Tuberculosis: When the drugs don’t work

We’ve been talking about tuberculosis (bTB) in cattle (Bos primigenius) and badgers (Meles meles). But why do we care? We care because TB kills people, slowly and horribly. Poor people tend to get it. Until a few decades ago, rich people often got it too. We can get it from milk so in modern times, we in rich countries pasteurise our milk.

In humans, the bacterium which usually causes TB is Mycobacterium tuberculosis spread between people. But people can get TB also from the closely related Mycobacterium bovis. That’s bTB, the kind that we can get from milk and the kind that badgers can get. Since bTB can spread from cows to people, it’s classed as a zoonosis.

Treatments for human TB don’t work very well, as Kathryn Lougheed at the Wellcome Trust explains. That’s why we still care about it.

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About argylesock

I wrote a PhD about veterinary parasitology so that's the starting point for this blog. But I'm now branching out into other areas of biology and into popular science writing. I'll write here about science that happens in landscapes, particularly farmland, and about science involving interspecific interactions. Datasets and statistics get my attention. Exactly where this blog will lead? That's a journey that I'm on and I hope you'll come with me.
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7 Responses to Tuberculosis: When the drugs don’t work

  1. narhvalur says:

    Can you explain why not a single Badger in the rest of the World has the Vector that carries over TBC from Badgers to humans. As I recall it is not the same Tubercolosis you get from cows as from poor conditions.

    • argylesock says:

      TB isn’t vector-borne. It’s spread mainly by droplets. So TB and other respiratory diseases tend to spread when people or animals live in poorly ventilated conditions. You probably know that vectors are organisms which spread disease without being the disease-causing organism’s definitive host (the host in which it can complete its life cycle), as mosquitoes spread malaria. TB doesn’t use a vector.

      You’re right that humans and cattle get different species of TB. Mycobacterium tuberculosis in humans, Mycobacterium bovis in cattle. But M. bovis can infect people and spread human to human http://news.bbc.co.uk/1/hi/health/6547973.stm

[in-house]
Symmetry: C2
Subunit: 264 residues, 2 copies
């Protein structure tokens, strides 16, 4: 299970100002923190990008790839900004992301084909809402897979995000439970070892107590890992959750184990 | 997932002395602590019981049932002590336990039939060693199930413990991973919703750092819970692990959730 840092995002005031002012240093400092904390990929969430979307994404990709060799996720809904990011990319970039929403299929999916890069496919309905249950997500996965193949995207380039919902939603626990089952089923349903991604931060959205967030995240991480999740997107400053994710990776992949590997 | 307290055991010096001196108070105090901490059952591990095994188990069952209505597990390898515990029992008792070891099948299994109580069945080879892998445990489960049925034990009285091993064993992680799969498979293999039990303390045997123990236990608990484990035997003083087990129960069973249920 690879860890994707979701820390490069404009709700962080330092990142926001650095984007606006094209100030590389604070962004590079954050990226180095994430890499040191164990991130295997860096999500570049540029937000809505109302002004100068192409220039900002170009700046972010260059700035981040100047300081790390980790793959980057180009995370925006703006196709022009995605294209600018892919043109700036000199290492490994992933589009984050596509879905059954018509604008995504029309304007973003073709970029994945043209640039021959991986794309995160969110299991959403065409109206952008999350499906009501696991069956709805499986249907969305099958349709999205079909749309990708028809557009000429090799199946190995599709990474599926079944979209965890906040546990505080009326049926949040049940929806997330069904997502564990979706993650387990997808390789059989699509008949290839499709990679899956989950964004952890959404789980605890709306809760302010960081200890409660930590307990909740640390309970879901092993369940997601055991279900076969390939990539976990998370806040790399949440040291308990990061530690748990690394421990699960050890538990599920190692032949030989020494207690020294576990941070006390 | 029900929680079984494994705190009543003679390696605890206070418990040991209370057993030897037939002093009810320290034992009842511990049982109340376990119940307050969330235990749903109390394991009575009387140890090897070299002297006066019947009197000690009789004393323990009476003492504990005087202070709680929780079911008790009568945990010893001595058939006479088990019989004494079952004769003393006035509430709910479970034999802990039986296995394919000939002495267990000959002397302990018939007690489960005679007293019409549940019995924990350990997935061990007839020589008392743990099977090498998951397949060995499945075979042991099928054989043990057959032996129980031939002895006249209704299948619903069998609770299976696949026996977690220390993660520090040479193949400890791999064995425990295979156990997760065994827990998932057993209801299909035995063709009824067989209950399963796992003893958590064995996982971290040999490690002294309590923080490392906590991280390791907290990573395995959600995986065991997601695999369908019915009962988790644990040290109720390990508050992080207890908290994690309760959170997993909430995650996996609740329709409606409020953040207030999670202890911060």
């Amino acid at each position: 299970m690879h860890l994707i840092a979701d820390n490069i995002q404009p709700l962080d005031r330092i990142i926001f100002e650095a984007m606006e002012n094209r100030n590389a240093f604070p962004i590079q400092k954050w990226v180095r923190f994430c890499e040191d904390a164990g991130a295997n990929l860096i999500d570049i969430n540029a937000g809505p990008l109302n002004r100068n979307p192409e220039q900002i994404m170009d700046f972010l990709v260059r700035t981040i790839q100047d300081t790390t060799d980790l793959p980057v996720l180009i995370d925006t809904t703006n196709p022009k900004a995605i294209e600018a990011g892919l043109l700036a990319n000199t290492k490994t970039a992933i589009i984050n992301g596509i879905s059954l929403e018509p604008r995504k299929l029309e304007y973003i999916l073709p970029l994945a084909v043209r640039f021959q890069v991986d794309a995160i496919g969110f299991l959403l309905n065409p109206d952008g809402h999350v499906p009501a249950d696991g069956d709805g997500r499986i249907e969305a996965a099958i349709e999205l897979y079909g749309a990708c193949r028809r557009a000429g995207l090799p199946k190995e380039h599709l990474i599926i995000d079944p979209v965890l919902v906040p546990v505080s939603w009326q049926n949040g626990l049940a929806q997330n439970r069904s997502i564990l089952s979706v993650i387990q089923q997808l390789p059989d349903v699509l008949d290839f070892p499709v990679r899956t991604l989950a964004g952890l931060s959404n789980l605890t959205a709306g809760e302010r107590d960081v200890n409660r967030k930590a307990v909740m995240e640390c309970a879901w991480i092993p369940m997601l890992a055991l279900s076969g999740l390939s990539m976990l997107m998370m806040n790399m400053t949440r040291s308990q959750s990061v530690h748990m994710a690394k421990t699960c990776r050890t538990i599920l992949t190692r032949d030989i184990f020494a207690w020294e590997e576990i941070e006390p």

To tell the truth, I know little about badgers outside the British Isles so I don’t know how prevalent TB is in them.

  2. Although it is often stated that TB is a disease of the poor, and the recent increases in the UK have been associated with refugee and illegal immigrant communities, it is not so selective. Any large group of people may be impacted.
    Colleges and Universities are a possible reservoir; one of the University Lecturers I worked with in the 2000s had contracted TB via an outbreak among his students..

    • argylesock says:

      I hope he made it through and enjoyed his life.

      What I’ve heard is that TB spreads when housing is overcrowded, dirty and poorly ventilated. That sounds like some of the student accommodation I’ve known!

  3. EqFe says:

    This response is fact free, but I wonder.
    I always thought that most of us were\will be exposed to TB during our lives, but that we won’t show symptons unlsess our immune system was compormised. As a kid we used to have a screening test for TB, and I always had positive signs, and without doing anything about it the doctor always said don’t worry about it. During the hieght of the AIDS crisis in the US youn men in this country were showing signs of full blown TB in record numbers.

  4. Pingback: Tuberculosis in cattle and people | Science on the Land

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